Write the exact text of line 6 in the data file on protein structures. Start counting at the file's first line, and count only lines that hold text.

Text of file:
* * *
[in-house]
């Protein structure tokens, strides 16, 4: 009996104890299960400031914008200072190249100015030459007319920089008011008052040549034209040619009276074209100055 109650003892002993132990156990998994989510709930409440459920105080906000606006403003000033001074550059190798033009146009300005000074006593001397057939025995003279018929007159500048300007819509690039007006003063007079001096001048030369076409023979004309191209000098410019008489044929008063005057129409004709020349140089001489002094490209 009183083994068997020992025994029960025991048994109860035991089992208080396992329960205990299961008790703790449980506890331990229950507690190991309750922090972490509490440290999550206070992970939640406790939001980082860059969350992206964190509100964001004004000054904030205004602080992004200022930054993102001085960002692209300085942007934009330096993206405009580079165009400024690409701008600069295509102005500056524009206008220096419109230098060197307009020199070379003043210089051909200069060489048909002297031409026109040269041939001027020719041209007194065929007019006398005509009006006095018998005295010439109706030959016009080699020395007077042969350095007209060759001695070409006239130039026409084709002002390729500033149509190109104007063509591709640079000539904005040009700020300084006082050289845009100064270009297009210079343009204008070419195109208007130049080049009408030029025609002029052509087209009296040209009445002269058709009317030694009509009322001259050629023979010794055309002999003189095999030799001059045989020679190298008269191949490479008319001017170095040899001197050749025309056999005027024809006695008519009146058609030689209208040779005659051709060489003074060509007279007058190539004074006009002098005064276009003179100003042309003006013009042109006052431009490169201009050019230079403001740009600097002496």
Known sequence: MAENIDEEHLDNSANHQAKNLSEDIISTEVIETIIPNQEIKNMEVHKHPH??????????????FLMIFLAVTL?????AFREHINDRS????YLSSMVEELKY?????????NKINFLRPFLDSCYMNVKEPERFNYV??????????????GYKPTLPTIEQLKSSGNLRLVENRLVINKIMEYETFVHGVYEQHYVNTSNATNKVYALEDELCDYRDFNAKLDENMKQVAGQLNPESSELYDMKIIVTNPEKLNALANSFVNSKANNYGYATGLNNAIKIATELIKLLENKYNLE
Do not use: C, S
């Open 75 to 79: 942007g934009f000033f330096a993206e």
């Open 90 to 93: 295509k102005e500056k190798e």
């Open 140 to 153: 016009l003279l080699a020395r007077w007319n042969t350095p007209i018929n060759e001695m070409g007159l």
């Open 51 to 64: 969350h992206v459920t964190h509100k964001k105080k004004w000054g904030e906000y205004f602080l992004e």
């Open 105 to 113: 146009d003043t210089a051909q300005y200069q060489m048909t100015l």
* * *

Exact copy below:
């Open 90 to 93: 295509k102005e500056k190798e």